Eleanor Oliphant is Completely Fine by Gail Honeyman (Harpercollins, £8.99)

This book surprised me in so many ways.

Eleanor is a complicated character who doesn’t always understand the social conventions that bind us. She has a voice in her head that judges people quite harshly. She has an old fashioned way of thinking and speaking, having mainly immersed herself in cryptic crosswords and the works of Jane Austen for the past few years.

Despite all this, we take her to our hearts. She is so vulnerable and delicate without knowing it, that we really want things to turn out fine.

Fundamentally the book explores loneliness and how to connect with other people. It is about taking those first steps, saying yes to a lunch invitation, of allowing yourself a night off from your routine and opening up to care about other people and let them care about you.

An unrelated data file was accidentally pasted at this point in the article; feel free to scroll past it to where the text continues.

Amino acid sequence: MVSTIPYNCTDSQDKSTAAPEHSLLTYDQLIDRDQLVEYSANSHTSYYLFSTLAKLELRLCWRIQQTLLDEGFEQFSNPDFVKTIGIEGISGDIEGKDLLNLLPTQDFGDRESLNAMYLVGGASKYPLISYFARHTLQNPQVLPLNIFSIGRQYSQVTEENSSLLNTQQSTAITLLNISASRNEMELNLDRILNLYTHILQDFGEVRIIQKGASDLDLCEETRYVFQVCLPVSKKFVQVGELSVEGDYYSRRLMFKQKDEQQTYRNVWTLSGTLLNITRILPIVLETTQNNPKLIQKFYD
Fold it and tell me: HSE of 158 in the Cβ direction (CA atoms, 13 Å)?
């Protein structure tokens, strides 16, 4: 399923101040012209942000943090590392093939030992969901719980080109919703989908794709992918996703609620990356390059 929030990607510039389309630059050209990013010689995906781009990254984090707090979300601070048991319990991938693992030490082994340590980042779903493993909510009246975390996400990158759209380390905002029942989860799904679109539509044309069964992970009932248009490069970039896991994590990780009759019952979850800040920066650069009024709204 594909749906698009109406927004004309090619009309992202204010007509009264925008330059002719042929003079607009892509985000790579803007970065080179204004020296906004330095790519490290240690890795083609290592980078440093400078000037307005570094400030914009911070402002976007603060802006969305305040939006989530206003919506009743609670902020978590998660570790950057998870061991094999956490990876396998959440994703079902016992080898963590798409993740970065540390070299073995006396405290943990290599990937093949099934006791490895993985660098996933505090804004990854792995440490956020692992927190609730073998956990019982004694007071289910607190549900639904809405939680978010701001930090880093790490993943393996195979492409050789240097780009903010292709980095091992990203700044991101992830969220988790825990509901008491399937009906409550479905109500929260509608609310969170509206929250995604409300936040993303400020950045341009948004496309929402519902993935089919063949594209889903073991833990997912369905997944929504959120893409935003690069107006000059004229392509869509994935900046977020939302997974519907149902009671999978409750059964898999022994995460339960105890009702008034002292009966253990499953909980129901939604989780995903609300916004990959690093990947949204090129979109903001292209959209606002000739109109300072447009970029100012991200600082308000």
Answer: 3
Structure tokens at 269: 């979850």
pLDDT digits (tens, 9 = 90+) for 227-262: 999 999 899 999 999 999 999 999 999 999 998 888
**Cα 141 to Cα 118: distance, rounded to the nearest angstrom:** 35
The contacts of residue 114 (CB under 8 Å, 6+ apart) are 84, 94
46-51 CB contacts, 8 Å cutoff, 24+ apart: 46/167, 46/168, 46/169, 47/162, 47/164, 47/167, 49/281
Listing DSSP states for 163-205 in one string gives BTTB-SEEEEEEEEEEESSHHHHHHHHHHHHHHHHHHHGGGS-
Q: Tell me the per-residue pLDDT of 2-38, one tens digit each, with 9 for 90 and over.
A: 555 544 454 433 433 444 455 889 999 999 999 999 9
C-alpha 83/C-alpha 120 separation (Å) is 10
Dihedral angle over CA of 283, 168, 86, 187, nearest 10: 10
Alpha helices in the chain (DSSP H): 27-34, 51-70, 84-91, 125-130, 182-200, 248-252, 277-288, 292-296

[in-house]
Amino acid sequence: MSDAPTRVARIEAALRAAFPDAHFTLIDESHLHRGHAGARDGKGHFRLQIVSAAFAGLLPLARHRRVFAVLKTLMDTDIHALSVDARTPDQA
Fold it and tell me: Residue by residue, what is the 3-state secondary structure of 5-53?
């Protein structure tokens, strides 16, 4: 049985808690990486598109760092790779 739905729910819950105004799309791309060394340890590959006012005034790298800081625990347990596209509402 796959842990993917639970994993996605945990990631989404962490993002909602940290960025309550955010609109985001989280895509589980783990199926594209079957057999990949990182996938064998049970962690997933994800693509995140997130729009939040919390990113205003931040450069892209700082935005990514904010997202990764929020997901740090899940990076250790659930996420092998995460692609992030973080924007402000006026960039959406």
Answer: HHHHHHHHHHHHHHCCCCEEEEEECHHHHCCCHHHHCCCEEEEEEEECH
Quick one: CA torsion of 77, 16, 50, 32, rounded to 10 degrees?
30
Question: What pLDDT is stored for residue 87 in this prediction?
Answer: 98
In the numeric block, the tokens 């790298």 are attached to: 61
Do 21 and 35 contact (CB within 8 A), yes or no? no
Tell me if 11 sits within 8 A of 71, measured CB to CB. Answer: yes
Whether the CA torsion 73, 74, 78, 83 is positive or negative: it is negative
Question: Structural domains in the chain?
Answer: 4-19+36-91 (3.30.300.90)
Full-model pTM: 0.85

The book also shows how the care system can fail traumatised young people who need support well into adulthood.

That said, it also has some very funny moments. Our hapless heroine’s forays into the world of hair and beauty are particularly well done. The tweets from the popstar are joyful irony.

Kindness is the other overriding theme of the book, the small kindnesses that build to really help change a person’s life. The character of Raymond personifies this. Ultimately the book is about getting beyond the sheer act of surviving and embracing all life has to offer. It may make you laugh and it may make you cry but feelings are good, so enjoy this book.

Review by Philippa Morris, Little Apple bookshop.